- Don’t Let Your Landlord’s Lender Amend Your Lease without Consent
- August 31, 2016 | Author: Michael J. Klein
- Law Firm: McDonald Hopkins LLC - Chicago Office
- In my practice, I commonly negotiate commercial leases for tenants. Many of the initial drafts that I receive from landlords include a provision permitting the landlord to make any changes to the lease that their lender (either current or future) might require. The problem is that these provisions allow the tenant’s lease to be amended or modified without their prior consent. For example, a lender might want to greatly extend the time period that the landlord and the lender have for curing a default by the landlord under the lease. Clearly as a tenant you want the chance to review or negotiate any changes to your lease, which is why I advise all clients that this language be completely removed from their lease.
But what if your landlord won’t agree to delete this provision? At the very least, I recommend adding language in your lease that such amendments cannot increase your obligations or impair your rights under the lease.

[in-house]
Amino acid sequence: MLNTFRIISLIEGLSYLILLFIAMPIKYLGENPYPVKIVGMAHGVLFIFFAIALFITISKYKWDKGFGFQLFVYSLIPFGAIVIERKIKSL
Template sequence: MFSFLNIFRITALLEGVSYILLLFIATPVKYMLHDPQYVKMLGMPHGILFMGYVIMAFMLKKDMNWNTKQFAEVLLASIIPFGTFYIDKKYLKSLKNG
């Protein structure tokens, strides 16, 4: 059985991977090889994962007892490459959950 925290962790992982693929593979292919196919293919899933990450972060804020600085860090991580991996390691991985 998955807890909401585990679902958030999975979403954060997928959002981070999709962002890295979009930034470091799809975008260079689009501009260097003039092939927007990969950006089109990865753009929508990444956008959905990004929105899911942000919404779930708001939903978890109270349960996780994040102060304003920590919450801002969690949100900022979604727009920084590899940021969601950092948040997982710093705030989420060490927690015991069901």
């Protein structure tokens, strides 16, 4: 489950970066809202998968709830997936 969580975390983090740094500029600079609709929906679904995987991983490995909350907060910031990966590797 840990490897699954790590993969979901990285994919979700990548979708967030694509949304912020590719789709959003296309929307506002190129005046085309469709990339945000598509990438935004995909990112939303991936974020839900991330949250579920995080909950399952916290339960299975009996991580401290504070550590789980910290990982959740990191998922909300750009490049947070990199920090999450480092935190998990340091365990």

Landlords can also include similar rights in less obvious ways. I often see lease agreements that provide that the tenant consents to their lease being subordinated to future mortgages. Included in this language is usually a requirement that the tenant agrees to sign a subordination agreement on the lender’s standard form to confirm such subordination. The lender’s form will most likely include provisions that amend the terms of your lease and allow changes to be made without your consent.
It is important that such subordination language in your lease require that the agreement be in a commercially reasonable form. As the tenant, you don’t have to agree to such a subordination unless the lender agrees to include language that if they succeed to the interest of the landlord under the lease they will not disturb your use and occupancy of the premises pursuant to the terms of the lease.
It is always important when negotiating a lease to make sure that any amendments to it must be in writing and agreed to by both the landlord and tenant.